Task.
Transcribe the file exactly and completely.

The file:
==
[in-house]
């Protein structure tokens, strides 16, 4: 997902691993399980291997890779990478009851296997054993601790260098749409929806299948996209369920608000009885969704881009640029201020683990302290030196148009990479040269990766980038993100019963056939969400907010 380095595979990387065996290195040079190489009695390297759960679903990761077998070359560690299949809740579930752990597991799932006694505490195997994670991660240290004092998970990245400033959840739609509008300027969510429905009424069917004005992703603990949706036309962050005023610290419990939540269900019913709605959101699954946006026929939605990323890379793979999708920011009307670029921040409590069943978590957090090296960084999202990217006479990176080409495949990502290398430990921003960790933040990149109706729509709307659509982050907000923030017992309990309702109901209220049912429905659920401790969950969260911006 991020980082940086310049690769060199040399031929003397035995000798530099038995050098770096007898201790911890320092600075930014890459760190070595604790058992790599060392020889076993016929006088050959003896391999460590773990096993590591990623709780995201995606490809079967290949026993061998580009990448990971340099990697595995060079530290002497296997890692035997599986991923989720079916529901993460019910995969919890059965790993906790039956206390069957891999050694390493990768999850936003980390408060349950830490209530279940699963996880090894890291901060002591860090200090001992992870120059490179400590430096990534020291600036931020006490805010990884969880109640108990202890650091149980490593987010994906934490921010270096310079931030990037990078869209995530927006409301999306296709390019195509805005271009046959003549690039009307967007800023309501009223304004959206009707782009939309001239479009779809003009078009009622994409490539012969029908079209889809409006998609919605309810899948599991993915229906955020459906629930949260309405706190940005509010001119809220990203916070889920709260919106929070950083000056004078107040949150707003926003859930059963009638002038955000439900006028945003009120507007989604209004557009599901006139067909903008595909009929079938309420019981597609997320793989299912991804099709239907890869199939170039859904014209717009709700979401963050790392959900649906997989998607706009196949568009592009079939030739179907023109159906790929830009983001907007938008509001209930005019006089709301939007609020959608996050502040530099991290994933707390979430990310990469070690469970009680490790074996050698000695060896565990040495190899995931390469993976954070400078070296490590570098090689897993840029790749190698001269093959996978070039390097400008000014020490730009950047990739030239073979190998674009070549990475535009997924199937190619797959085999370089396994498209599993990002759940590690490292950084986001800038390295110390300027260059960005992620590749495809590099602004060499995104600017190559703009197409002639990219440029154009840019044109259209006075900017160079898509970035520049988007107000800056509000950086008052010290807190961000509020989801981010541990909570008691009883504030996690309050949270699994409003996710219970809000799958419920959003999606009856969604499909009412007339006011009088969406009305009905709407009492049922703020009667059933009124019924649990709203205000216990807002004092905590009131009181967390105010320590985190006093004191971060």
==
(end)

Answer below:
[in-house]
């Protein structure tokens, strides 16, 4: 997902691993399980291997890779990478009851296997054993601790260098749409929806299948996209369920608000009885969704881009640029201020683990302290030196148009990479040269990766980038993100019963056939969400907010 380095595979990387065996290195040079190489009695390297759960679903990761077998070359560690299949809740579930752990597991799932006694505490195997994670991660240290004092998970990245400033959840739609509008300027969510429905009424069917004005992703603990949706036309962050005023610290419990939540269900019913709605959101699954946006026929939605990323890379793979999708920011009307670029921040409590069943978590957090090296960084999202990217006479990176080409495949990502290398430990921003960790933040990149109706729509709307659509982050907000923030017992309990309702109901209220049912429905659920401790969950969260911006 991020980082940086310049690769060199040399031929003397035995000798530099038995050098770096007898201790911890320092600075930014890459760190070595604790058992790599060392020889076993016929006088050959003896391999460590773990096993590591990623709780995201995606490809079967290949026993061998580009990448990971340099990697595995060079530290002497296997890692035997599986991923989720079916529901993460019910995969919890059965790993906790039956206390069957891999050694390493990768999850936003980390408060349950830490209530279940699963996880090894890291901060002591860090200090001992992870120059490179400590430096990534020291600036931020006490805010990884969880109640108990202890650091149980490593987010994906934490921010270096310079931030990037990078869209995530927006409301999306296709390019195509805005271009046959003549690039009307967007800023309501009223304004959206009707782009939309001239479009779809003009078009009622994409490539012969029908079209889809409006998609919605309810899948599991993915229906955020459906629930949260309405706190940005509010001119809220990203916070889920709260919106929070950083000056004078107040949150707003926003859930059963009638002038955000439900006028945003009120507007989604209004557009599901006139067909903008595909009929079938309420019981597609997320793989299912991804099709239907890869199939170039859904014209717009709700979401963050790392959900649906997989998607706009196949568009592009079939030739179907023109159906790929830009983001907007938008509001209930005019006089709301939007609020959608996050502040530099991290994933707390979430990310990469070690469970009680490790074996050698000695060896565990040495190899995931390469993976954070400078070296490590570098090689897993840029790749190698001269093959996978070039390097400008000014020490730009950047990739030239073979190998674009070549990475535009997924199937190619797959085999370089396994498209599993990002759940590690490292950084986001800038390295110390300027260059960005992620590749495809590099602004060499995104600017190559703009197409002639990219440029154009840019044109259209006075900017160079898509970035520049988007107000800056509000950086008052010290807190961000509020989801981010541990909570008691009883504030996690309050949270699994409003996710219970809000799958419920959003999606009856969604499909009412007339006011009088969406009305009905709407009492049922703020009667059933009124019924649990709203205000216990807002004092905590009131009181967390105010320590985190006093004191971060």